So you all think you know a thing or two about killer shark films, hmm? Well, take out your notebooks because here’s your first lesson: you fucking don’t know shit about killer shark films. Write that down three times. Then circle it and draw some jagged teeth protruding from the top and bottom so it looks like a shark is eating your notes. That is the format all of your essays should be in, by the way, with little teeth and dorsal fins all over the place. I don’t care if Word doesn’t have a shark font. Make it happen.
Let me be clear: if anyone thinks they can bullshit their way through this course and coast with a remedial knowledge of the original Jaws, they are sorely fucking mistaken. We are living in a renaissance of killer shark cinema, my friends. Filmmakers are taking unprecedented risks: venturing into freshwater, genetic modification, the reappearance of extinct megalodons, and more. If you’re ready to work, this class will open up a whole new world for you, a world full of bipedal hammerheads that attack gondolas.
Aside from complete commitment to these films, I expect you to abide by a few ground rules:
- If I catch you texting during a key dismemberment, you will receive an F.
- If I catch you questioning the “science” of any scene, you will receive an F.
- If I catch you teasing one another by placing a perpendicular open palm on your head and humming a certain John Williams score, you will be punched in the face. You will also receive an F.
Over the next few months, you will be eating, sleeping, and breathing killer shark films. Will it put a strain on your relationships? Absolutely. I thought I loved a woman once. She had no problem with the fact that Jaws was my favorite movie, but when I told her Hammerhead: Shark Frenzy, Megalodon, and Malibu Shark Attack were my second through fourth favorite movies, suddenly I was “close-minded” and “possibly raised by wolves” (I think she meant to say “sharks” here, which was actually a childhood dream of mine).
Speaking of never being good enough, I’m sure some of you are wondering how you’ll be graded. I have a bit of a reputation for being a hard-ass. Also for marking papers with a quill dipped in chum. My methods may be rigorous, but if you leave this class unable to discuss the mise-en-scène of film’s best fish carcass explosions or debate the ethics of stealing shark brains for curing human diseases, then I haven’t done my job as an educator.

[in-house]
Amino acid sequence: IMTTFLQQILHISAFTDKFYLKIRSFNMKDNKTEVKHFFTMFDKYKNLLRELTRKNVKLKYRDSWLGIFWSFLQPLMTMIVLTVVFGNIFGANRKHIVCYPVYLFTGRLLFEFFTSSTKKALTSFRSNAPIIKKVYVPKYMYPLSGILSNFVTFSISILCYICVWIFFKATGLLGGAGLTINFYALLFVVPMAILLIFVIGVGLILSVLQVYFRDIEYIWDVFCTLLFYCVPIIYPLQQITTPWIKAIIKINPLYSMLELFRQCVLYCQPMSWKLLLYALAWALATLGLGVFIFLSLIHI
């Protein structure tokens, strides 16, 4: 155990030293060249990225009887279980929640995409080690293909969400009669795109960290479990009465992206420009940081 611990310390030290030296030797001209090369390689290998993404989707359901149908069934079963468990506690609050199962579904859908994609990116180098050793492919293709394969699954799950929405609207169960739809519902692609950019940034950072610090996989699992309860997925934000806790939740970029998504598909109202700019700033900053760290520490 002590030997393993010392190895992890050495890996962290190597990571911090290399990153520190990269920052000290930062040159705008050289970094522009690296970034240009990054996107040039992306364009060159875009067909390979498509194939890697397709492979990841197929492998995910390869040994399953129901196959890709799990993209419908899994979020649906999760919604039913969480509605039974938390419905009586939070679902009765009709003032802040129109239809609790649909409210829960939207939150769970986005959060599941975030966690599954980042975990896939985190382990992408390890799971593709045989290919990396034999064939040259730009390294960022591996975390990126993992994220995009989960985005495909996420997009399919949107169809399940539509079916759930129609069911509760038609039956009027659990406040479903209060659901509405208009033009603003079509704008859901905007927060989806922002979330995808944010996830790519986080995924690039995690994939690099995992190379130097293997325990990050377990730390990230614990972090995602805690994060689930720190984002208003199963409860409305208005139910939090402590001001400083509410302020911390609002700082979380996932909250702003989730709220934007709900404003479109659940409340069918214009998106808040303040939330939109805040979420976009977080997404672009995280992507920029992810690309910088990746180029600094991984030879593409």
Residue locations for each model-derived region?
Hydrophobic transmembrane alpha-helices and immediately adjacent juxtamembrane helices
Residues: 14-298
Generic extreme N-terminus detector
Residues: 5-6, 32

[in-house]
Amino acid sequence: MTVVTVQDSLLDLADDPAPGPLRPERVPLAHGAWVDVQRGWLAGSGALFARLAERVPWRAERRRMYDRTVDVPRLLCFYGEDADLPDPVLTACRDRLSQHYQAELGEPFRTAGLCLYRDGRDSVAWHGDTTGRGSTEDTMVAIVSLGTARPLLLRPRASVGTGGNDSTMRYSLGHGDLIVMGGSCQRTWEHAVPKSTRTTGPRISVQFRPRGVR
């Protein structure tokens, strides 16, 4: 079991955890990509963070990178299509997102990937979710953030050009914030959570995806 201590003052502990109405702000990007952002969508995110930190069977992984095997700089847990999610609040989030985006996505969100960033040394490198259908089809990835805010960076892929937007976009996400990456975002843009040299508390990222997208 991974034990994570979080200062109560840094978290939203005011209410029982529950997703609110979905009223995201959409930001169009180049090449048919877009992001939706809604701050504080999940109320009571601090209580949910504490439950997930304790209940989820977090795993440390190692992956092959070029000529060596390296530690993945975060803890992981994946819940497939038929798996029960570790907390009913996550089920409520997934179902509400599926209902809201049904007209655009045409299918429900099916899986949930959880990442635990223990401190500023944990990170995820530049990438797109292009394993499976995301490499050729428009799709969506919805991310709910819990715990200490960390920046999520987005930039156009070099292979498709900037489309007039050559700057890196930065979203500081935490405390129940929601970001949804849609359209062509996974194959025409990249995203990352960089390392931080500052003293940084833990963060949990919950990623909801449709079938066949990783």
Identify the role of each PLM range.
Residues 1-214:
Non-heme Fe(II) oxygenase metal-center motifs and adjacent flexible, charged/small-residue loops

A few words on what this course WILL NOT cover:
- Anything about the biology, ecosystems, or life cycles of sharks
- Films about other killer species (whales, dinosaurs, leprechauns, etc.)
What this course WILL cover: the syllabus is divided into five units, each focused on a different killer shark subgenre. That’s right. There are genres within genres here—killer shark cinema is that fucking rich.
- Unit 1: Sharks Targeting Teenagers (Jaws 2, 1978; Spring Break Shark Attack, 2005)
- Unit 2: Sharks Where They Shouldn’t Be—e.g., lakes, SeaWorld, venetian canals, flooded office buildings (Red Water, 2003; Jaws 3-D, 1983; Sharks in Venice, 2008; Malibu Shark Attack, 2009)
- Unit 3: Angry Historical Sharks (Megalodon, 2002; Mega Shark vs. Giant Octopus, 2009; Shark Attack 3: Megalodon, 2002)
- Unit 4: Shark Experiments Gone Wrong (Deep Blue Sea, 1999; Hammerhead: Shark Frenzy, 2005; Shark Attack, 1999 – NOT to be confused with the exclamatory poseur Shark Attack!, which is, unfortunately, just a NOVA documentary; Shark Attack 2, 2001; Blue Demon, 2003)
- Unit 5: Settling Scores with Sharks (Jaws 4: The Revenge, 1987; Shark Alarm, 2003; Shark Hunter, 2001)
So do you think you’re ready? First assignment: Spring Break Shark Attack. Who’s seen it? I see. And does everyone remember the scene where the shark leaps into the air and takes a bite out of the commercial airliner?
You in the front. Jesus Christ, stop nodding. That was a trick. That’s a scene from Mega Shark vs. Giant Octopus. I swear on all that is gills and cartilage if I see your ass in my lecture hall again, I will fucking ruin you. Maybe that shit would fly with some worn-out whore like “Noir & the Coens 101,” but this is “Intermediate Killer Shark Genre,” and she is not to be fucked with.